In ancient Rome, the ten day rite in honor of Attis, son of the great Goddess, Cybele, began on March 15th. A pine tree, which represented Attis, was chopped down, wrapped in a linen shroud, decorated with violets and place in a sepulcher in the temple. On the Day of Blood or Black Friday, the high priest slashed his arm, allowing the blood to fall on the pine tree. In a ritual of mourning, there was frenzied music and dancing. Two days later, the sepulcher was opened at dawn and found to be empty. The God had risen and was saved, promising his followers their own triumph over death. This day was known as Hilaria, or the Day of Joy, a time of great feasting and merriment.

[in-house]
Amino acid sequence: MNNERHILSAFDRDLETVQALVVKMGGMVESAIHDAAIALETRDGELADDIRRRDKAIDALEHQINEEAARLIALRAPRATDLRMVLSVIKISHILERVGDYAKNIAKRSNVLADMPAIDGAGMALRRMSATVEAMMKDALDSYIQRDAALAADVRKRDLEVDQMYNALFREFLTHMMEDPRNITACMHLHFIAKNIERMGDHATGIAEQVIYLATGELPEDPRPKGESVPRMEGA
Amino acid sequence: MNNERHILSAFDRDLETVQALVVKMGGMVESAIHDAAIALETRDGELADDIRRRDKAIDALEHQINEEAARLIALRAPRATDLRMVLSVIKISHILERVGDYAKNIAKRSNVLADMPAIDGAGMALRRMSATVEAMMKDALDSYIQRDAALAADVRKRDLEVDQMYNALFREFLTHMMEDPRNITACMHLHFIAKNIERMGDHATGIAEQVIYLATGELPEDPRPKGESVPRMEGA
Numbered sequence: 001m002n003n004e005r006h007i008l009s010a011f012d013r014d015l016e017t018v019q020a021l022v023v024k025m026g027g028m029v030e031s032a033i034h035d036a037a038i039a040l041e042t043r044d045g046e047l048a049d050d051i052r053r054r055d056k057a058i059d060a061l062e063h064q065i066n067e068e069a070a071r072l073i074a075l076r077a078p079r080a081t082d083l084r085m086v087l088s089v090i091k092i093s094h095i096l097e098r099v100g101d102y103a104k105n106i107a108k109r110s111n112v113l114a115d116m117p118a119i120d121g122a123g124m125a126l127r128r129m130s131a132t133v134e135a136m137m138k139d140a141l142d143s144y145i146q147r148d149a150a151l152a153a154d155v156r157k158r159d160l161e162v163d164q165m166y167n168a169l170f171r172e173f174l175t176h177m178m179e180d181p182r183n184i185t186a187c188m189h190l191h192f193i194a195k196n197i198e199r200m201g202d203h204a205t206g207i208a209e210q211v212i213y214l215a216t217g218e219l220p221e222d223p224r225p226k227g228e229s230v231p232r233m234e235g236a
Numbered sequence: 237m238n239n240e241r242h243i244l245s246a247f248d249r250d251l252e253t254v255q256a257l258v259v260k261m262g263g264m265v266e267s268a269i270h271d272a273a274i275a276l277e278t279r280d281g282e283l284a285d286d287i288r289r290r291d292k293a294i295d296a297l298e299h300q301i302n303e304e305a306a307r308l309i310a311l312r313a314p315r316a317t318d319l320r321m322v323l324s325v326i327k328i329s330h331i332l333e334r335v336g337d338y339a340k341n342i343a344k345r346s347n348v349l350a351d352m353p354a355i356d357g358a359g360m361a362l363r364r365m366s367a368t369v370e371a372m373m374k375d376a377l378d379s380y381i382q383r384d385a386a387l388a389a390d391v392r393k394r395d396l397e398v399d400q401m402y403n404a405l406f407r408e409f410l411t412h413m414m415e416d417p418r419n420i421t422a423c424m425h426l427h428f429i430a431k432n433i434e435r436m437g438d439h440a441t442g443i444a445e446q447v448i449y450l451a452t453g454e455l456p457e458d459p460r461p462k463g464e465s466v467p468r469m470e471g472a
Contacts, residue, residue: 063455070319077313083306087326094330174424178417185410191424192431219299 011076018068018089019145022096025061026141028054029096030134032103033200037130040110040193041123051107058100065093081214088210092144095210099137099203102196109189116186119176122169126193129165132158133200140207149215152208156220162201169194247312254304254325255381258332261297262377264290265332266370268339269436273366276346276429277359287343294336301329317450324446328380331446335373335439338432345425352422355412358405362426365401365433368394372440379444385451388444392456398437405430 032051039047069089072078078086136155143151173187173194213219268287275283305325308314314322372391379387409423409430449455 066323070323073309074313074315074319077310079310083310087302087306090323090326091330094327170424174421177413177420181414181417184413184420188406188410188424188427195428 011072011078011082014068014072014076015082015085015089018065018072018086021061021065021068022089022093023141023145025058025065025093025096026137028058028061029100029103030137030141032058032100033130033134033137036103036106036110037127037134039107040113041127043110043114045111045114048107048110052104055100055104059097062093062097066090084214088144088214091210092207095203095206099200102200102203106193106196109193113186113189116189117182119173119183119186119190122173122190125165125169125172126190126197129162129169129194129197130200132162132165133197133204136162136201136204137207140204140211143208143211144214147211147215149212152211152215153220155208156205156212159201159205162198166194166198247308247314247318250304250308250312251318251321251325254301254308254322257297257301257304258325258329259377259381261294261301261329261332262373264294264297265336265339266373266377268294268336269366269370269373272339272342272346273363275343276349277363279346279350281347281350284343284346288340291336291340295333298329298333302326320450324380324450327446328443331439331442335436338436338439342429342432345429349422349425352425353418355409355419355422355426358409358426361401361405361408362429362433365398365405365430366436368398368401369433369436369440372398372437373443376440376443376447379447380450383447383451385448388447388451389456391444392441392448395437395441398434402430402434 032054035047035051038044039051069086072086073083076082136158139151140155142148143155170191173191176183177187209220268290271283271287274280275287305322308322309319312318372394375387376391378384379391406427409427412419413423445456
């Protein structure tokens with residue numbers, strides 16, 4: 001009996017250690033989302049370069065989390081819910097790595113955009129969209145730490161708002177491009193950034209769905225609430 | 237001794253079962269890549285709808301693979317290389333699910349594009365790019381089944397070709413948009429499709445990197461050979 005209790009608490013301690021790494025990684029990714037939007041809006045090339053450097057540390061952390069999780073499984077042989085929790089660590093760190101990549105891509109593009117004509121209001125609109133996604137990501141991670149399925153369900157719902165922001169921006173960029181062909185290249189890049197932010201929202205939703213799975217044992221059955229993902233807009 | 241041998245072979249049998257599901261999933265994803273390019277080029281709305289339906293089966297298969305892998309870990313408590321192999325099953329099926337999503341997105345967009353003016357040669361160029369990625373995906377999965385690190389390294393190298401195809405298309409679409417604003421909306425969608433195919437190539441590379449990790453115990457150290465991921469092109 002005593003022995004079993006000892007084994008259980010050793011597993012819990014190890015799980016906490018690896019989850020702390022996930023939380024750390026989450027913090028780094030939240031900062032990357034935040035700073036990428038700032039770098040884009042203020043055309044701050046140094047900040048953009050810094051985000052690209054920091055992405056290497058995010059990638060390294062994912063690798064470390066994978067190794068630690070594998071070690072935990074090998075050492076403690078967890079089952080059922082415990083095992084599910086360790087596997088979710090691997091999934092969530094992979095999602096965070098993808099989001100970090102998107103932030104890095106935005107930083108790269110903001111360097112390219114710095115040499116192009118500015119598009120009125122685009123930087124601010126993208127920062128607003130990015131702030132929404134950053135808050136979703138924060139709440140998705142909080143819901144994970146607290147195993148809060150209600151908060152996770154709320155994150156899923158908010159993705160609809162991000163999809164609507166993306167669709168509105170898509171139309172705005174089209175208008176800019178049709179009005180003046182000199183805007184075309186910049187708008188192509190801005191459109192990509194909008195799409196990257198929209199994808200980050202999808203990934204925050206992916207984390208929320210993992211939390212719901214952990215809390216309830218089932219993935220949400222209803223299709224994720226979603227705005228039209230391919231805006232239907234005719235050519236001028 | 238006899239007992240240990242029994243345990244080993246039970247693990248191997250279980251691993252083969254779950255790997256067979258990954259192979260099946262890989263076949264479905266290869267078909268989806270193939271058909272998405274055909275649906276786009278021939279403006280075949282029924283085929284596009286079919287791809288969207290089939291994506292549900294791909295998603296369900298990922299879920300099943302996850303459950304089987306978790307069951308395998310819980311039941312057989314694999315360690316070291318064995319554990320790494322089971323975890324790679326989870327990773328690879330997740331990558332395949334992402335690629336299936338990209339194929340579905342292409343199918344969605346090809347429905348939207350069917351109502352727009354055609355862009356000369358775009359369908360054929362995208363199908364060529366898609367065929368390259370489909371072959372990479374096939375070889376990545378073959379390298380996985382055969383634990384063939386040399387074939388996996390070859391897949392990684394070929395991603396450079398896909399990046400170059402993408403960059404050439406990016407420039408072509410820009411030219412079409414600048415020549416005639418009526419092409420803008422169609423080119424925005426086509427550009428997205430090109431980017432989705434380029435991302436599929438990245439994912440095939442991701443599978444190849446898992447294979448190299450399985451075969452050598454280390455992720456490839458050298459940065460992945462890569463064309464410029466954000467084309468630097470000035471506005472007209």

Sounds familiar, doesn’t it? The date of Easter is still determined by the moon cycle. It is always the first Sunday on or after the first full moon after the Spring Equinox, formerly the “pregnant” phase of Eostre as the earth passed into the fertile season. It was the time when the Goddess first slew then re-conceived the Savior – the Vegetation
God – for a new season.
A curious 16th century Easter custom was known as “creeping to the cross with eggs and apples,” a significant use of the ancient female symbols of birth and death, beginning and fruition, the opening and closing of circles. The Ceremonial of the Kings of England ordered carpets to be laid in the church, for the honor and comfort of the king, queen and courtiers as they crept down the aisles on hands and knees. The penitential implication of that creeping ceremony is clear enough, but the female-symbolic foodstuffs is a bit mysterious. It may represent a sacrificing of the Goddess’ ancient sacred symbols to the church-the symbolic triumph of Christianity over the Old Religion.